Juan is pulling a small-time con on a gas station clerk when things go wrong. A stranger steps in with an improvised con of his own to save Juan from being arrested. That stranger turns out to be Marcos, a con man who just happens to be in need of a partner, and thinks that Juan (despite his inexperience) might fit the bill. And on their first day of working together, an enormous opportunity falls into their laps, involving a millionaire who's about to be deported and a phony sheet of rare stamps.
And that's the setup for Nine Queens, a very smart and snappy con caper from Argentina, full of twists and double-crosses and plans gone bad. When the final twists are revealed, the plot falls completely to pieces, of course -- there are far too many coincidences and moments where the plan only works if the mark reacts in one specific way -- but that's to be expected in a con man story. This kind of movie isn't about whether the plot holds up in retrospect; it's about the journey, and writer-director Fabian Bielinsky gives us a terrific rollercoaster ride.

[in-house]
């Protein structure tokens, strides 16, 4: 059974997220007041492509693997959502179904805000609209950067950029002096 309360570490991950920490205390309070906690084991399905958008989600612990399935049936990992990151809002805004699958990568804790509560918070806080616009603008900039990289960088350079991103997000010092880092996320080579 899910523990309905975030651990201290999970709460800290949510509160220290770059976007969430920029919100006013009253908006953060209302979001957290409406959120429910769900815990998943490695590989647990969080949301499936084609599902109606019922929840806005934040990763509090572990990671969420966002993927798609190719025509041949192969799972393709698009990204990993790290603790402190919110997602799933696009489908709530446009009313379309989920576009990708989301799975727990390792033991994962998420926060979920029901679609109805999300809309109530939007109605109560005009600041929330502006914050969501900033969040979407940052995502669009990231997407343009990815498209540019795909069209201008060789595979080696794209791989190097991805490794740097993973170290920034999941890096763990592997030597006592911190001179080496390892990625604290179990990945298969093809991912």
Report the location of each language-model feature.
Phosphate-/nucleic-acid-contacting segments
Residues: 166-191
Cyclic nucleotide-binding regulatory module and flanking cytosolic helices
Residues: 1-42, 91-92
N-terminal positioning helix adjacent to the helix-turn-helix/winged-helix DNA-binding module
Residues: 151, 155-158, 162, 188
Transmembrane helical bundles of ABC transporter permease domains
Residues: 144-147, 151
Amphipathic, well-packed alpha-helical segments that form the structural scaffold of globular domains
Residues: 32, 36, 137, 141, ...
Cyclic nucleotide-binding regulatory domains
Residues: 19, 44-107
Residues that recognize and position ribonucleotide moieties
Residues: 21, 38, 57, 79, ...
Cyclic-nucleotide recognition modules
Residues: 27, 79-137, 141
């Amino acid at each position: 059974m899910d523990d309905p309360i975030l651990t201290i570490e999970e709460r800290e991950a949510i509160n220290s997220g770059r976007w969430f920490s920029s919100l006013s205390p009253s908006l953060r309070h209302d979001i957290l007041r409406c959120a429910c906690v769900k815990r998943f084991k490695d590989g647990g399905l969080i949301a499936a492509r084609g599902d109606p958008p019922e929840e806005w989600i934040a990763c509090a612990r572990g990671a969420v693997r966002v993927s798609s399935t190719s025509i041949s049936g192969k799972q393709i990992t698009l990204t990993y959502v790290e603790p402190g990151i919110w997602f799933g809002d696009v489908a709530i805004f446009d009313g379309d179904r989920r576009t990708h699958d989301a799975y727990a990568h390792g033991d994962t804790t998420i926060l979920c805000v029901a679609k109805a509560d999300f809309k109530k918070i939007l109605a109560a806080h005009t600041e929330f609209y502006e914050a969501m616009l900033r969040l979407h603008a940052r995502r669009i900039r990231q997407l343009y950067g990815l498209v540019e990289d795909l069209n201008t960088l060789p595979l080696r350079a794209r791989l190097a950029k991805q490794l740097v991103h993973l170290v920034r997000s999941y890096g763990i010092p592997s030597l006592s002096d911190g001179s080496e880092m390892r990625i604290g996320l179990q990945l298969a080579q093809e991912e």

There was a US remake last year, Criminal, starring John C. Reilly and Diego Luna. I can't imagine that it was as good as the original, but I am curious now to see it, just to see what was changed (there's one plot point late in the point that would be nearly impossible to make work in an American context) and how badly they screwed it up.